The 42-page survey, called the “SmartMarket Report on Building Information Modeling,” was conducted June 18 to Aug. 8 by McGraw-Hill Construction, parent of ENR, in collaboration with more than 20 industry stakeholders. The sample of BIM users included 82 architects, 101 structural, civil and mechanical engineers, 80 contractors and 39 owners. The report is available for free download on www.analytics store.construction.com beginning on Dec. 2. Print copies cost $25.
According to the report, architects are BIM’s heaviest users: 43% are heavy users already, and 54% expect to be next year. Contractors report relatively limited BIM use compared to the other groups and could experience “the greatest rise” in use, says the report. All users surveyed expect to “rapidly increase” BIM use next year, states the report, which was conducted before the economic crisis hit its peak.
Half of respondents report BIM has a positive impact on their companies, with only 10% reporting a negative impact. The report concludes that in challenging economic times, BIM use can be a “competitive differentiator” for winning work.
Industry groups are not sitting idly by, watching the BIM struggle. But the fruits of their labors are just ripening and nowhere near proven. Since June, two groups, ConsensusDOCS and the American Institute of Architects, released model BIM contract documents. The ConsensusDOCS 301 BIM Addendum addresses legal issues and obligations, such as who owns the model, information management and allocation of risk, says lawyer Richard H. Lowe, a partner in Duane Morris, Philadelphia. AIA took a different approach and addressed the level of detailing for each building element in a BIM, he says.
The insurance sector is just now considering products that address BIM. The legal community is struggling with clients that are forging ahead, especially into the so-called social BIM—which can blur the line between design and construction responsibility—without what many lawyers consider prudent contractual protection . But most agree that for the potential of BIM to be realized, the tool has to be used collaboratively by all in the supply chain.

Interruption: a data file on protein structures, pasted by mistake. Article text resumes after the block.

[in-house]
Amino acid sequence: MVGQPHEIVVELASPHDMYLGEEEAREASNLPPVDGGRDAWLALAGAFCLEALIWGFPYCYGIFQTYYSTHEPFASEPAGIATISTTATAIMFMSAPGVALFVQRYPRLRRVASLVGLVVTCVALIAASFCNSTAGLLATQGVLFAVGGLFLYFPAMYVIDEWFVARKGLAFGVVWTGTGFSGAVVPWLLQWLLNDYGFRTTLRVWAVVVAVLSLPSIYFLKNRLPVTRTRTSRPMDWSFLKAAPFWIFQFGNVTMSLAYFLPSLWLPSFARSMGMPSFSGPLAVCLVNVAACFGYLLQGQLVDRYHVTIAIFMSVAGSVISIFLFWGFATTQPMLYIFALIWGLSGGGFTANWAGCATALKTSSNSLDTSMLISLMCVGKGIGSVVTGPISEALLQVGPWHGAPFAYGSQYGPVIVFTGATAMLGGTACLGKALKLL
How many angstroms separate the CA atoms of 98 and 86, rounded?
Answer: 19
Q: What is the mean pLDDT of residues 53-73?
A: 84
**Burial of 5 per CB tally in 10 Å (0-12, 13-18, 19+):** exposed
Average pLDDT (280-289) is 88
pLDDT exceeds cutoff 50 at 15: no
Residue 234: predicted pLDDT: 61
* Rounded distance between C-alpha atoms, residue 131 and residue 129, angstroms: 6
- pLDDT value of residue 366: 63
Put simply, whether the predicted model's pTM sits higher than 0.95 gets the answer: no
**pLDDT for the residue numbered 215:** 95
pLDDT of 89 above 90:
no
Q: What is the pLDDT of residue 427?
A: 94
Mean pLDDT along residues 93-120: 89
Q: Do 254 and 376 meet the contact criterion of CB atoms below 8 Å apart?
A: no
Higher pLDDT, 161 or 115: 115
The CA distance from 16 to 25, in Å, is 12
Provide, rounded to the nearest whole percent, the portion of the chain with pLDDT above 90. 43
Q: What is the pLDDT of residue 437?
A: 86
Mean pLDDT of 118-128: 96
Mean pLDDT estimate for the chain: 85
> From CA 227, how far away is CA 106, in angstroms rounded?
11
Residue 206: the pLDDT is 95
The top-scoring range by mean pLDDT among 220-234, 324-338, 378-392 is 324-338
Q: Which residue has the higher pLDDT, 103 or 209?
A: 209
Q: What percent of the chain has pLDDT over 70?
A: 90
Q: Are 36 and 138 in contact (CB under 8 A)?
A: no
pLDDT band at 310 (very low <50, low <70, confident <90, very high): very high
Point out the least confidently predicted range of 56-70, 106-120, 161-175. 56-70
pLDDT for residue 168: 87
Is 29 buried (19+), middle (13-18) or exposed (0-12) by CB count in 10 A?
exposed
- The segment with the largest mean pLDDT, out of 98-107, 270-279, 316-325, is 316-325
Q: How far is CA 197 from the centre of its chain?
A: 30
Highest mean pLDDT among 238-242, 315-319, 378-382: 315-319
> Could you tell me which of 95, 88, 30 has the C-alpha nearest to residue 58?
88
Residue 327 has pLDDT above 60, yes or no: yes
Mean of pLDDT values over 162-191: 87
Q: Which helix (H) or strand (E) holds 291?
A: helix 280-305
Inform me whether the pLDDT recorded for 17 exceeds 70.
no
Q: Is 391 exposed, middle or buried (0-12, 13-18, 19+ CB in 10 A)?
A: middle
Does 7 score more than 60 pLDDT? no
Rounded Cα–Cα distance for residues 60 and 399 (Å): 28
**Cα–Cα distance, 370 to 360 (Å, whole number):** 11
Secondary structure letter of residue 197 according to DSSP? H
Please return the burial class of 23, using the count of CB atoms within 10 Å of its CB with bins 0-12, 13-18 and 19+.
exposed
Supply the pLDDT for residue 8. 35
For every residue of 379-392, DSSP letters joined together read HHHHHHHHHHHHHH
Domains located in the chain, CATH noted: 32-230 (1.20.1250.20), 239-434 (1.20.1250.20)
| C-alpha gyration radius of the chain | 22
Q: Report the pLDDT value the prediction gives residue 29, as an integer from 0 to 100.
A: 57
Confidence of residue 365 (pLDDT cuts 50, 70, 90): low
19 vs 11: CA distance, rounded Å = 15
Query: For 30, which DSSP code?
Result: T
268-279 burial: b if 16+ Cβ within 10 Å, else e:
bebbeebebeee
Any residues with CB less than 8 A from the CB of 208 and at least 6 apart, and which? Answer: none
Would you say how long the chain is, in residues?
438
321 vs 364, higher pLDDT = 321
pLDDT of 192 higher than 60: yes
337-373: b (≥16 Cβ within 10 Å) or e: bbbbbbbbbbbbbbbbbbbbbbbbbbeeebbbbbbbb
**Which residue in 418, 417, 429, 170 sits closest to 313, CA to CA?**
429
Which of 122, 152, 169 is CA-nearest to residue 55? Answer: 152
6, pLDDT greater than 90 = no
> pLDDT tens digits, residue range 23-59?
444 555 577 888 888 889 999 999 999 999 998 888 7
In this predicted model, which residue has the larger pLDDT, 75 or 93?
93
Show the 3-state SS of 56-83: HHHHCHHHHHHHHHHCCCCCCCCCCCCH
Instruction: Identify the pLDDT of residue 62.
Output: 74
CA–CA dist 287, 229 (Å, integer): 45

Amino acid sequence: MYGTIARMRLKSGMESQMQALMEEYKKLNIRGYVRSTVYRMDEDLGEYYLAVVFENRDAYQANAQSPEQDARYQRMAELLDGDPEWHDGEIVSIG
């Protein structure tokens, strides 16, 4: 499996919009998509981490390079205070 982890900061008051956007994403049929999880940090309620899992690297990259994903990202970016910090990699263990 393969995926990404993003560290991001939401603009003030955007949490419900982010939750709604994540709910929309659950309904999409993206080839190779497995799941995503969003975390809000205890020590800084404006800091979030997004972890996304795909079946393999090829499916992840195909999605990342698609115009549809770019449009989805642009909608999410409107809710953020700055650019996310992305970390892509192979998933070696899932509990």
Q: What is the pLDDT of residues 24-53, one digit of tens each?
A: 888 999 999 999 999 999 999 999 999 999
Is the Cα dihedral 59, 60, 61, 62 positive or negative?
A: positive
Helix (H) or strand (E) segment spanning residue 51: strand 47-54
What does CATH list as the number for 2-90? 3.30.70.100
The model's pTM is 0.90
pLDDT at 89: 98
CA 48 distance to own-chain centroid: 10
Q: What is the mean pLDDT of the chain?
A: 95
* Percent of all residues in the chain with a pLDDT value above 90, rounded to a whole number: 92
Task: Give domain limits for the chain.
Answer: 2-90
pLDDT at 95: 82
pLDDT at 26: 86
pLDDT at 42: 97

Before this happens, obstacles must be overcome on many levels. “The collaborative vision of the construction community has us defining every part and piece to be fabricated and/or delivered and installed,” says Jim Beaty, information technology coordinator for structural engineer LeMessurier Consultants Inc., Cambridge, Mass. “Perhaps identifying and valuing the design and detailing functions to be performed and letting contributors sign up for what they can economically and professionally accomplish could lead to a market-driven shift of scope and compensation.”
There are even greater obstacles to collaboration than defining content providers. The 800-lb gorilla in the room impeding collaborative BIM-enabled virtual design and construction is a lack of software interoperability. The National Institute of Building Sciences, Washington, D.C., is trying to solve this problem by producing a standard, but its development has a long way to go and needs additional resources.
Architect Kimon Onuma, Pasadena, Calif.-based developer of Onuma Planning System software, isn’t waiting for standards to foster collaboration. He has developed Web-based planning charrettes, called BIMStorms. “BIMStorms take the concept of integration and collaboration to a new level by involving stakeholders in what are traditionally disconnected processes,” says Onuma.
It’s a glimpse of the future.